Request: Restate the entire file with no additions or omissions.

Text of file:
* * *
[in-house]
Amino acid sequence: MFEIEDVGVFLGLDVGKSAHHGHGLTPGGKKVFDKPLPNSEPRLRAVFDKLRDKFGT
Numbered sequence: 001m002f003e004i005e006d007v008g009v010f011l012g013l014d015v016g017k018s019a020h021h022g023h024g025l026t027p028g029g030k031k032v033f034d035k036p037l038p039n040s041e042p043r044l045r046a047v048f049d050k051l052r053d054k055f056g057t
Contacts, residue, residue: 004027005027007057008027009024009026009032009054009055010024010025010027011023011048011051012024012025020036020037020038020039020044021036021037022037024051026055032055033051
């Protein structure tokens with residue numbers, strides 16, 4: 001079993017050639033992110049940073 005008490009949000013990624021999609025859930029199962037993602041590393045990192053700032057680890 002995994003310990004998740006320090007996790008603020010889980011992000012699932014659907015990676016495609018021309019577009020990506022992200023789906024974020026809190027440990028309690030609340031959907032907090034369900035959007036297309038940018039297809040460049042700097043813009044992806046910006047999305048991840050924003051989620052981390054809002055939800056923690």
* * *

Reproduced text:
[in-house]
Amino acid sequence: MFEIEDVGVFLGLDVGKSAHHGHGLTPGGKKVFDKPLPNSEPRLRAVFDKLRDKFGT
Numbered sequence: 001m002f003e004i005e006d007v008g009v010f011l012g013l014d015v016g017k018s019a020h021h022g023h024g025l026t027p028g029g030k031k032v033f034d035k036p037l038p039n040s041e042p043r044l045r046a047v048f049d050k051l052r053d054k055f056g057t
Contacts, residue, residue: 004027005027007057008027009024009026009032009054009055010024010025010027011023011048011051012024012025020036020037020038020039020044021036021037022037024051026055032055033051
């Protein structure tokens with residue numbers, strides 16, 4: 001079993017050639033992110049940073 005008490009949000013990624021999609025859930029199962037993602041590393045990192053700032057680890 002995994003310990004998740006320090007996790008603020010889980011992000012699932014659907015990676016495609018021309019577009020990506022992200023789906024974020026809190027440990028309690030609340031959907032907090034369900035959007036297309038940018039297809040460049042700097043813009044992806046910006047999305048991840050924003051989620052981390054809002055939800056923690």